When Elman began his keynote address, he admitted that he only learned about Korczak about 15 years ago, on a trip to Japan, where he was invited to “help them learn about children’s rights and to help teach them to elevate the voice of children.” When visiting a children’s home – an institution that can have as many as 200 children living in it – a staff member mentioned Korczak and was amazed when Elman, a Jewish educator who had worked with children for 20 years at that point, did not know the name.
Elman has since learned enough to know that Korczak’s work and life are relevant. “In Canada today, there are approximately 350,000 children connected to care in one way or another…. Some say that there are as many as two million former Crown wards … in this country.”
Speaking of his home province, he said there were 23,000 kids in Ontario living in some form of care, 8,000-10,000 permanently (ie. Crown wards, which, in British Columbia, are called continued custody orders) – and they are not doing well. Of those, more than 18% are aboriginal; in British Columbia, it’s 60-65%; in other provinces even higher. “It’s not hard to understand and listen to and hear the echoes of the Truth and Reconciliation Commission’s report, and the need to address this over-representation of First Nations children across the country in our systems of care.”
In Ontario, he said, children can only come into care if a social worker (or somebody in such a capacity) has deemed the child in need of protection – from abuse or neglect – and a court has agreed. The children have not done anything wrong.
When the state takes children into care, said Elman, “You’re making a promise to them. The first thing, obviously, is, you’re protected now. The second thing is … if you’re permanently in our care, we’re going to take care of you … we’re going to ensure that you’re going to live to your full potential. And, when that child is brought into care, what do they hear? Maybe we don’t say it, but they hear, we’re going to love you, it’s OK now.”
But, he said, only 40% of children in care in Ontario graduate from high school, and that percentage doesn’t vary much between provinces; 43% of the homeless population of Canada have had an in-care experience. Young people connected to care are over-represented in the justice and mental health systems.
Elman shared many stories of his work as the province’s advocate. When somebody steps up for a child, he said – whether it be a community, foster parents, a group home, adoptive parents, anyone – “the government needs to say thank you, we’ve got your back, what do you need? We’ll do whatever is necessary, because we owe our children a home in which they are nurtured and loved…. That takes a whole different way of thinking about child welfare.”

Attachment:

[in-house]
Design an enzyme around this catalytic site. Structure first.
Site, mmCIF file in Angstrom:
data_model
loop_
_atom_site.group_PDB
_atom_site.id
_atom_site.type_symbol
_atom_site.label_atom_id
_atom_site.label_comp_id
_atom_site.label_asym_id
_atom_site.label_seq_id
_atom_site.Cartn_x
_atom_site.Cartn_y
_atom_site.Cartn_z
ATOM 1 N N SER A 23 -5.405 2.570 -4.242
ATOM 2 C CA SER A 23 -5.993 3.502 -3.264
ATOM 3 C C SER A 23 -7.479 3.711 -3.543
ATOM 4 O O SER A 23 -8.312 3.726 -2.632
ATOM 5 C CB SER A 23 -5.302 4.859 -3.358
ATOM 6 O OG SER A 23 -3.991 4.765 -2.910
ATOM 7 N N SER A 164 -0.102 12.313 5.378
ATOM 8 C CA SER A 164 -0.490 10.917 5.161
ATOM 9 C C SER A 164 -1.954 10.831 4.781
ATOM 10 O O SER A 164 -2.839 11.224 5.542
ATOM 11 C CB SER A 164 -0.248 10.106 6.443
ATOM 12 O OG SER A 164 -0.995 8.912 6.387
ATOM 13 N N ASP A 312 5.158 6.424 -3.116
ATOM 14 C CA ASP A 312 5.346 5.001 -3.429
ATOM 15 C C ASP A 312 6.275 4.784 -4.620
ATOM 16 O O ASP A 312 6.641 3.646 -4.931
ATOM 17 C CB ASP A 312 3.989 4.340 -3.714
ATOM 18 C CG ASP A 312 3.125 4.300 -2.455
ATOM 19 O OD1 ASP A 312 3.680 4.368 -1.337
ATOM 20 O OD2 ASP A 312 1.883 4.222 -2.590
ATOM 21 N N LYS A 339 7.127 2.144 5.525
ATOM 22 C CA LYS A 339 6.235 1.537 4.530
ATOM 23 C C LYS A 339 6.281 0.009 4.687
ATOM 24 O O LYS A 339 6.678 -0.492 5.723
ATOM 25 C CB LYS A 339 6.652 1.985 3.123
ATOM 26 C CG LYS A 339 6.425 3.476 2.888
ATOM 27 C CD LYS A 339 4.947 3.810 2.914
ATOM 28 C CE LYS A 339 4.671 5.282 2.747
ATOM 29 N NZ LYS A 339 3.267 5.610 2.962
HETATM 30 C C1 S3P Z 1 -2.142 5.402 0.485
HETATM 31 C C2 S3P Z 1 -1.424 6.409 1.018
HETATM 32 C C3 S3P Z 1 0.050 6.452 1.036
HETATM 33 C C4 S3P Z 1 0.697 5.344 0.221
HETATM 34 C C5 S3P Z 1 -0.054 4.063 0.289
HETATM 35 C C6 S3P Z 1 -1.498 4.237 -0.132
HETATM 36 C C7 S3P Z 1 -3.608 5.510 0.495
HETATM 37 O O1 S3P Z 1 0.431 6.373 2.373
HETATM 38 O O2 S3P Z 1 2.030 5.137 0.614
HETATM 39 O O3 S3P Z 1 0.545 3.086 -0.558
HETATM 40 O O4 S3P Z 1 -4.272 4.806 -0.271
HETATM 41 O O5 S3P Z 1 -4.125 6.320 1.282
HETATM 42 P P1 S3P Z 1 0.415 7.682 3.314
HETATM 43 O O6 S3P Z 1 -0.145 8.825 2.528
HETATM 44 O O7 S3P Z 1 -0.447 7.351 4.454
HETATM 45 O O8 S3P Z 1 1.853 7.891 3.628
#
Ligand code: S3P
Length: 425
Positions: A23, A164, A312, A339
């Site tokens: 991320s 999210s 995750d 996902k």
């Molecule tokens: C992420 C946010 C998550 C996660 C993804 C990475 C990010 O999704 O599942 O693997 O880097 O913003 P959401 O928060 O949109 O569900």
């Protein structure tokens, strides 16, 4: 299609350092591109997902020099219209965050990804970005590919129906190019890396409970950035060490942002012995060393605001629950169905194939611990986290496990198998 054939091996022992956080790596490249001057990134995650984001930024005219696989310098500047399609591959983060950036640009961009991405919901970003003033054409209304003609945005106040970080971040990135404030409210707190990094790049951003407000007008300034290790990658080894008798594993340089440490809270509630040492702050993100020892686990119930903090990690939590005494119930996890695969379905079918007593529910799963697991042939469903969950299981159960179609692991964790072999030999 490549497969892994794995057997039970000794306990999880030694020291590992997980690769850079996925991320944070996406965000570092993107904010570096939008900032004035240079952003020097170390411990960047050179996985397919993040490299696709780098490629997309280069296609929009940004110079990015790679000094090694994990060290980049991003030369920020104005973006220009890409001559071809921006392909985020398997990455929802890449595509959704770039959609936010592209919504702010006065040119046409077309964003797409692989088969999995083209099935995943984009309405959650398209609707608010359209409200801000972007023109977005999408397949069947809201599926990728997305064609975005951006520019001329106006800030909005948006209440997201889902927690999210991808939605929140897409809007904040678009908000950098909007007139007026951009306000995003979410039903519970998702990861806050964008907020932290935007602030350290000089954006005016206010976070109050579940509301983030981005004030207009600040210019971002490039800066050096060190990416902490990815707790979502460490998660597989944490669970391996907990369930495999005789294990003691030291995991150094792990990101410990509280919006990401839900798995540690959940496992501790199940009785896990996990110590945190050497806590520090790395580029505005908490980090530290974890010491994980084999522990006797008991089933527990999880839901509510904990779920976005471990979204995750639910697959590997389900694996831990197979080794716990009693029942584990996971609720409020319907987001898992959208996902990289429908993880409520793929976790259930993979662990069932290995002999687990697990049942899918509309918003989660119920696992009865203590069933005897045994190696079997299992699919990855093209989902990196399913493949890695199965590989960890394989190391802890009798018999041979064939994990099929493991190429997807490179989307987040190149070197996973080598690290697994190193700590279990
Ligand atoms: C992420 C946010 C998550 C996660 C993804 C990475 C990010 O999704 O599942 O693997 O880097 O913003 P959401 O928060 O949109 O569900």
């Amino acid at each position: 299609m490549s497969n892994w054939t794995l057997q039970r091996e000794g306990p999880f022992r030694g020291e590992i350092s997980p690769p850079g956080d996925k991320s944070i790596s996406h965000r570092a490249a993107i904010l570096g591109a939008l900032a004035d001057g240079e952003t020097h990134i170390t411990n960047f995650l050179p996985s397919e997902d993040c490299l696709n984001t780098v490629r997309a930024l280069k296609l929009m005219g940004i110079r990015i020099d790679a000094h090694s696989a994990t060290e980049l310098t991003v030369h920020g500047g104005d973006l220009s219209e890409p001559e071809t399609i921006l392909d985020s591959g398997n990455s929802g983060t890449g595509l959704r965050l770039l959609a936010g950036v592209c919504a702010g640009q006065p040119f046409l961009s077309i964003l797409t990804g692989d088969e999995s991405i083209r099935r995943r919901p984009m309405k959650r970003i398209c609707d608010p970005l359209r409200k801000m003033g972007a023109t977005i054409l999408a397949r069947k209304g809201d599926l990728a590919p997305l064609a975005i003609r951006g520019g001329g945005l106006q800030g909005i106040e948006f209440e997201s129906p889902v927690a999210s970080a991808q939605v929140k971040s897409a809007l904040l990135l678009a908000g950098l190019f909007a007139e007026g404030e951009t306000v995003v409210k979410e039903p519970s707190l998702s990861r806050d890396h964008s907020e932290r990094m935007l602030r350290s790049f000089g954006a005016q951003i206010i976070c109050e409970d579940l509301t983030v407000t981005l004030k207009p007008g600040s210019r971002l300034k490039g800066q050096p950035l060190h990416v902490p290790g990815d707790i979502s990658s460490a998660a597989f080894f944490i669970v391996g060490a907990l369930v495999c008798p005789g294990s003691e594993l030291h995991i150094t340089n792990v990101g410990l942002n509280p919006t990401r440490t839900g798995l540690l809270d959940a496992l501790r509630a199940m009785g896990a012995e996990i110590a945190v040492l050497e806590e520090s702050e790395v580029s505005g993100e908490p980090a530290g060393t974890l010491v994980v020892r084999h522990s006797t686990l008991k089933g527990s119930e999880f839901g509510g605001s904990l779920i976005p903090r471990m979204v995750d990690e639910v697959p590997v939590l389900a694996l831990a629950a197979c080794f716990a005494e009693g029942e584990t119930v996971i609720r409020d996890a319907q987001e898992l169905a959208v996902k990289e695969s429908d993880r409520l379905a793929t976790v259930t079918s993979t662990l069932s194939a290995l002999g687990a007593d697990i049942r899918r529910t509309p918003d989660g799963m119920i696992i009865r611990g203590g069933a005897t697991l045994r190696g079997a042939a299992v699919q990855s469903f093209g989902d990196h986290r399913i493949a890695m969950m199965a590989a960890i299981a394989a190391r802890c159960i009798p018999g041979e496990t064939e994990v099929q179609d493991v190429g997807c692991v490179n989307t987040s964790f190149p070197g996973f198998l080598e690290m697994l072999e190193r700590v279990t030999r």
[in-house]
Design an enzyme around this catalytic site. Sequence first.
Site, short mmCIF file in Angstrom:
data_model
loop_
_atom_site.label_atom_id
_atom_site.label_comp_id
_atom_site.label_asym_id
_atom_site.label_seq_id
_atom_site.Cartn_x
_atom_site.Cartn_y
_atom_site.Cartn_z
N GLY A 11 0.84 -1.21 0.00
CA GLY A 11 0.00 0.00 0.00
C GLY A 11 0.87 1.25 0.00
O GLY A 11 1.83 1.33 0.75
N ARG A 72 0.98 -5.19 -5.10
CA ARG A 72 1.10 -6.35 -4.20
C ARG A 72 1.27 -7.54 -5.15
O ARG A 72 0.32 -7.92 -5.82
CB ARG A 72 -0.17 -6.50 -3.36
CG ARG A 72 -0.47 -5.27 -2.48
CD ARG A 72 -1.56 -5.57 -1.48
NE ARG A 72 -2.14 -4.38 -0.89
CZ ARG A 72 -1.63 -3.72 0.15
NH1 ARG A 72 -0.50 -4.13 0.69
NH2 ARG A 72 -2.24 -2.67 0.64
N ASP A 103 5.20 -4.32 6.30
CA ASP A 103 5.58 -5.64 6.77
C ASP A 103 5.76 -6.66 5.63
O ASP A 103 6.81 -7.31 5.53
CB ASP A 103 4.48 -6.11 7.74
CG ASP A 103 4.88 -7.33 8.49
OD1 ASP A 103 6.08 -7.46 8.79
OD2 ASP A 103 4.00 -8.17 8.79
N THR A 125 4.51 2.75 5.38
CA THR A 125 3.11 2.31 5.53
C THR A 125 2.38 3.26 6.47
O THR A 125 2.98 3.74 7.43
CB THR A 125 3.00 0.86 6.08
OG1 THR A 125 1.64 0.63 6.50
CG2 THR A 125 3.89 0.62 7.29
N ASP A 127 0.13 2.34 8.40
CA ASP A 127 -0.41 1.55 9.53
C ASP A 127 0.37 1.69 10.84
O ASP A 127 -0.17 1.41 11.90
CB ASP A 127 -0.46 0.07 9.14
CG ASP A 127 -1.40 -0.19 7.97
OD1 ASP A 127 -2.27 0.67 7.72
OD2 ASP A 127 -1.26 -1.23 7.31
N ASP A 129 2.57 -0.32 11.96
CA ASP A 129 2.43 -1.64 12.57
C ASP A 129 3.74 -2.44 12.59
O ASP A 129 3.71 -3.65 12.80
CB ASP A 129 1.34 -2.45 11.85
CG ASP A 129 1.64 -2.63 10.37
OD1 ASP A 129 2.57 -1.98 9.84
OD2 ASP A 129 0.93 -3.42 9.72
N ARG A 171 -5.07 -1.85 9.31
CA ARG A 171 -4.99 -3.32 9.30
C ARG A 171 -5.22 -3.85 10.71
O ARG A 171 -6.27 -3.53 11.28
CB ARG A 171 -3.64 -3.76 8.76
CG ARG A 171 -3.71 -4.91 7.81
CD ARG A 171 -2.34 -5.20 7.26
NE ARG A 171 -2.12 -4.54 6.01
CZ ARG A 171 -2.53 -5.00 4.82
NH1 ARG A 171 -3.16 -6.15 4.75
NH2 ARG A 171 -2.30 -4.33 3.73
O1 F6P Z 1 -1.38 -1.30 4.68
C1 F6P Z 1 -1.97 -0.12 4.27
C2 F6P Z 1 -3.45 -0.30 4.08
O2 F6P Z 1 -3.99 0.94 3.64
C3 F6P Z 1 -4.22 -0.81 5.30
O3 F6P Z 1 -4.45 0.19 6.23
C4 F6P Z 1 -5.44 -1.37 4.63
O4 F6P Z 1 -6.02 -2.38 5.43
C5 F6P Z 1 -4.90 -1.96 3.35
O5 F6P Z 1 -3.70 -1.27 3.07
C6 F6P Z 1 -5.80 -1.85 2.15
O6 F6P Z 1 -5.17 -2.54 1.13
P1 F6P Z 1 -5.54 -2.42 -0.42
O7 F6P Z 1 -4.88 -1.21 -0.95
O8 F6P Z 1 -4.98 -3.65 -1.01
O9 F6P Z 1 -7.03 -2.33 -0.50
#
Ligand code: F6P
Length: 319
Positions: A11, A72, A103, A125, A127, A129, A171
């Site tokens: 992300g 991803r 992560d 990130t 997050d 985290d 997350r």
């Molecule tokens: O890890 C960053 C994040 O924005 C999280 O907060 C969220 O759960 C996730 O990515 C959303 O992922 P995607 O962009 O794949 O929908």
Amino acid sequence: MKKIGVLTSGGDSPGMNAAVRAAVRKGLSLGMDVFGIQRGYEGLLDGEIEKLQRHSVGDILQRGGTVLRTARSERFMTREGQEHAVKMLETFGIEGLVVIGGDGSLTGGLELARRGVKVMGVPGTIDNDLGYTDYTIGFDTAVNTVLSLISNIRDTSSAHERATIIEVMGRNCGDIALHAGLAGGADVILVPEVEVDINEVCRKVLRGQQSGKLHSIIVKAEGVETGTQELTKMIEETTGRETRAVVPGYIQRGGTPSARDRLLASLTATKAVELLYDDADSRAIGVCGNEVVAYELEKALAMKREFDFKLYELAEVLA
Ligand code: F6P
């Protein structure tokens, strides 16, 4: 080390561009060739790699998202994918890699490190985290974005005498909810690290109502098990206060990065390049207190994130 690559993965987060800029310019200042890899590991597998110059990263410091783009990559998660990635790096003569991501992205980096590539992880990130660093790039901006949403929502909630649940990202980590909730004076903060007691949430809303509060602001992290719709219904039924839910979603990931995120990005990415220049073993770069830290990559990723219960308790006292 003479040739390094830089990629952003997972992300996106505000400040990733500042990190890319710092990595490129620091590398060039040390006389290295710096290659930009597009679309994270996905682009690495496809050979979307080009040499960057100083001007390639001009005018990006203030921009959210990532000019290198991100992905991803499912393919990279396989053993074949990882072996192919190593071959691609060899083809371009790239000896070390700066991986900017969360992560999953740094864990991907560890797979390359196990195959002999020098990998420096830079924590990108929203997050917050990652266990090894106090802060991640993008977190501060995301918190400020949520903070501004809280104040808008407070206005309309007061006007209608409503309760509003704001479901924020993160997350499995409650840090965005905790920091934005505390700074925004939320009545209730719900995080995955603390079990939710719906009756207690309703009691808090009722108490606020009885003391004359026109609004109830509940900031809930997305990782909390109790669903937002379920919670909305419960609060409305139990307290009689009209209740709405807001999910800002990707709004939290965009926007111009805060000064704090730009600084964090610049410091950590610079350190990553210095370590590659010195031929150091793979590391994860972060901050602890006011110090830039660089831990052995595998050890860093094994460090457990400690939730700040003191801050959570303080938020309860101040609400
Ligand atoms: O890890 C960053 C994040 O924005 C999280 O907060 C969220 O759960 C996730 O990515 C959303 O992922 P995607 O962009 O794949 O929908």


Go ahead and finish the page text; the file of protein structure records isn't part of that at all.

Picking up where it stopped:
He has been told, “We can’t legislate love.” His response is, “I don’t think you can legislate love, but I do think you can create conditions in which love can flourish. The government should be all over that… And, to do that, they need to ask young people and they need to ask children and they need to ask their caregivers in whatever form that is…. We owe that to children.”
If we took that approach, he said, if children in care were listened to, they would feel in charge of their own lives. If they knew what was in their files and had a say in what was written there, they would contribute to making policy, they would have a say in where they lived. Social and child-care workers would be trained differently, including respecting all the different cultures from which children in care come. “Many practical, revolutionary things … would happen in the way in which the system is run if children felt listened to.”
Panelists Rachel Malek, Jess Boon and James Copping – all members of the Federation of B.C. Youth in Care Networks – joined Elman on stage for a 35-minute Q&A. Questioners wanted to know more about the criteria for a child going into care, how to create a sense of belonging for a child and ensure their safety, how to reduce the number of children in care, the impact of poverty, and which programs in Canada reflect Korczak’s philosophy.
As the final question, the consul general asked the young panelists, all of whom had experienced the care system, “What does it mean to you to love a child?” Boon spoke of commitment, being there for the serious and fun times but also investing in your own education to give back to the community. Copping mentioned consistency in home, support for school, having someone on whom to rely through thick and thin. For Malek, it is to be vulnerable – to open your heart, to recognize that it’s a two-way street, to be willing to go the extra mile for a child.
The next lecture in the Korczak series takes place Oct. 29, 7 p.m., at UBC Robert H. Lee Alumni Centre. Registration is required via jklectures.educ.ubc.ca.